Economics at your fingertips  

Financial Slack, Strategy, and Competition in Movie Distribution

Gabriel Natividad ()

Organization Science, 2013, vol. 24, issue 3, 846-864

Abstract: Organizations that enjoy some slack are believed to make good use of it in their strategic decisions. Using panel data on firms in the U.S. film distribution industry between 1985 and 2007, this article examines how financial slack affects the volume of new product introductions, the competitive strategies for those releases, and their economic performance. Unexpectedly successful “sleeper” films are exploited as a source of exogenous financial slack in the econometric analysis. The results suggest that unexpected financial slack leads to more product introductions, less marketing support for the new products, and no improvement in performance. These findings are consistent with an attribution process in which managers attempt to replicate extraordinary success even if it is largely random, providing real-world evidence of a mechanism recently developed in theory and laboratory research.

Keywords: financial slack; competitive strategy; surprises in organizations; film industry (search for similar items in EconPapers)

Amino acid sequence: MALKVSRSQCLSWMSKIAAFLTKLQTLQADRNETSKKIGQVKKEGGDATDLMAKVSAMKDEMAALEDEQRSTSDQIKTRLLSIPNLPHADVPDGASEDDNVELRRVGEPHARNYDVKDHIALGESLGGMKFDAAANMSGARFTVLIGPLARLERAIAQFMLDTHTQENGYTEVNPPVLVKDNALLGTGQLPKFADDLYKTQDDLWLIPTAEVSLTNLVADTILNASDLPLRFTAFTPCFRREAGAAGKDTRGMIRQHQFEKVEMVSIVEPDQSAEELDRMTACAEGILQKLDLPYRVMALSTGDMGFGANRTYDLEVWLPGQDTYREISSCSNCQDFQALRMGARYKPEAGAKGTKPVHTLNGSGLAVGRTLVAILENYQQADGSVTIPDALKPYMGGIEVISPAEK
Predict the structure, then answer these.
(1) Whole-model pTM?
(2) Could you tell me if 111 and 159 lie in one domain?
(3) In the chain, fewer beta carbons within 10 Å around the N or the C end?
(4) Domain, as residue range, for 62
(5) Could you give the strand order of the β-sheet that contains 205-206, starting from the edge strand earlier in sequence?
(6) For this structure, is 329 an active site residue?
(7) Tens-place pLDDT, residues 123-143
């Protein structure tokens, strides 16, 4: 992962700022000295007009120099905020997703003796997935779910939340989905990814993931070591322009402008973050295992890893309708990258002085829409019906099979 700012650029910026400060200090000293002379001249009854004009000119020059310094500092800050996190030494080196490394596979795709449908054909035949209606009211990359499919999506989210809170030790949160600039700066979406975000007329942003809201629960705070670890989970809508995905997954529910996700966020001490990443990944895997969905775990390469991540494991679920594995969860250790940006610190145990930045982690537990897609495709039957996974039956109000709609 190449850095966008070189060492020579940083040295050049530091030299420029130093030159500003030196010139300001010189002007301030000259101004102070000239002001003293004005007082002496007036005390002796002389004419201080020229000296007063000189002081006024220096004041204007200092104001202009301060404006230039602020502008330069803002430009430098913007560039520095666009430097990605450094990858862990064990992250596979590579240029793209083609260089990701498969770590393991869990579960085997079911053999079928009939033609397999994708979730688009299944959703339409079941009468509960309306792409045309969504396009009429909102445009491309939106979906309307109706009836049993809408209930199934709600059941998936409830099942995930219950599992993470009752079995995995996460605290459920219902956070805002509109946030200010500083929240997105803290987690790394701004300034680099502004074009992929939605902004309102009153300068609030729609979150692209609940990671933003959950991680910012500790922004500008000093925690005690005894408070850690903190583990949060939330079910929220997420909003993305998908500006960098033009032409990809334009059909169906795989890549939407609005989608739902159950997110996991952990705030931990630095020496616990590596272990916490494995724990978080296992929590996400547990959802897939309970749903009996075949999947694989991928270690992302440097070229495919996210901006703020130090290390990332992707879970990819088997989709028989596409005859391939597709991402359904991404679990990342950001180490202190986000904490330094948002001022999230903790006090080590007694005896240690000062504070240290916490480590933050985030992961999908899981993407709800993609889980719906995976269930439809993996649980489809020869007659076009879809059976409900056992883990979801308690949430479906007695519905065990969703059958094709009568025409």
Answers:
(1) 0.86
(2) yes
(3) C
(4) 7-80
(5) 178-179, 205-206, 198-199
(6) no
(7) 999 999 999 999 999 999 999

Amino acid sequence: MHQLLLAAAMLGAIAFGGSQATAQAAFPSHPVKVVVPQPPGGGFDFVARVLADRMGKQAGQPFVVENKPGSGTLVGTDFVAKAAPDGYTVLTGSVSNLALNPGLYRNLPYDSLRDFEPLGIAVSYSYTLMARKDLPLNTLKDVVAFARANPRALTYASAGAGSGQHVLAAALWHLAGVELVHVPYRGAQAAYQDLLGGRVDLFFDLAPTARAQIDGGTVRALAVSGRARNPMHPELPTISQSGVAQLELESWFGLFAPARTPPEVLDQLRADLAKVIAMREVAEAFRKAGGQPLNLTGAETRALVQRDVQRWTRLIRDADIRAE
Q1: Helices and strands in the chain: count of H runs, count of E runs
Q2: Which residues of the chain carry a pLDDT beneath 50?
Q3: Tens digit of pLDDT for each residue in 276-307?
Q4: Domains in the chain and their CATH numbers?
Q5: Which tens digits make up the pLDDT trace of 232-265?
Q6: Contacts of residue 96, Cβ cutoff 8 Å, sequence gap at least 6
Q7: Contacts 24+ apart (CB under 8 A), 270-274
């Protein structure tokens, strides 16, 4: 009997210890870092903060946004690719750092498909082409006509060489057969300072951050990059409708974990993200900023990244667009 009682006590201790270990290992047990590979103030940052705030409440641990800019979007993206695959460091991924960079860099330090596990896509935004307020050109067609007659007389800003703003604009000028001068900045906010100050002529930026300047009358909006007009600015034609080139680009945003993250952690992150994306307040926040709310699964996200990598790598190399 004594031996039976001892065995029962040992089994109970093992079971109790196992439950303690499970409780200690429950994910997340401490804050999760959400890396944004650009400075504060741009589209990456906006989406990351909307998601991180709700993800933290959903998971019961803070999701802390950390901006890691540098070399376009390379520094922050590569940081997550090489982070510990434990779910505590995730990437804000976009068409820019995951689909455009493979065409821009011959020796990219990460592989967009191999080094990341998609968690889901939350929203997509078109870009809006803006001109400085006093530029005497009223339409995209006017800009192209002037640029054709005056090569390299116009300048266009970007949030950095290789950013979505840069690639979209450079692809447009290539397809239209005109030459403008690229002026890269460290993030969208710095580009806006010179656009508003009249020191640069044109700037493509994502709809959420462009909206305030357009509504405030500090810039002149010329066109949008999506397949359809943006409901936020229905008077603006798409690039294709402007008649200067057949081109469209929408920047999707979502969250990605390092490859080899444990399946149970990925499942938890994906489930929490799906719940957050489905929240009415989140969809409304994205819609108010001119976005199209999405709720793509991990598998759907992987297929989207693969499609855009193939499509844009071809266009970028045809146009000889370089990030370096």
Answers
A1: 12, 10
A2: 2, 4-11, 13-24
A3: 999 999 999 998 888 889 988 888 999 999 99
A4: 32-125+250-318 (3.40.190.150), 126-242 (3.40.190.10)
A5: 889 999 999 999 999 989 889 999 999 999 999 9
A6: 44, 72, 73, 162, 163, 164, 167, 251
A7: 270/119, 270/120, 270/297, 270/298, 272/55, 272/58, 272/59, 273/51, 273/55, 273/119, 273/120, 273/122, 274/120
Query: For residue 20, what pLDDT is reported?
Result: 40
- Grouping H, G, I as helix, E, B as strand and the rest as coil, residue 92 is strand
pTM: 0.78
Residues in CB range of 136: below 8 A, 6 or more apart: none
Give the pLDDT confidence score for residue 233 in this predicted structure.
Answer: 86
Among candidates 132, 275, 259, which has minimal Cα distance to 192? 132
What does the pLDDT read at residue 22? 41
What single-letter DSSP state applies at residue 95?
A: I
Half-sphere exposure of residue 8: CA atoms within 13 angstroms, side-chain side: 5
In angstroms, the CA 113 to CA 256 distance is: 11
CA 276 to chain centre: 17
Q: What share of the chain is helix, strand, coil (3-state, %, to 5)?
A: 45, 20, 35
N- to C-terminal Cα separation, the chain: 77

Date: 2013
References: View references in EconPapers View complete reference list from CitEc
Citations: View citations in EconPapers (13) Track citations by RSS feed

Downloads: (external link) (application/pdf)

Related works:
This item may be available elsewhere in EconPapers: Search for items with the same title.

Export reference: BibTeX RIS (EndNote, ProCite, RefMan) HTML/Text

Persistent link:

Access Statistics for this article

More articles in Organization Science from INFORMS Contact information at EDIRC.
Bibliographic data for series maintained by Matthew Walls ().

Page updated 2022-09-25
Handle: RePEc:inm:ororsc:v:24:y:2013:i:3:p:846-864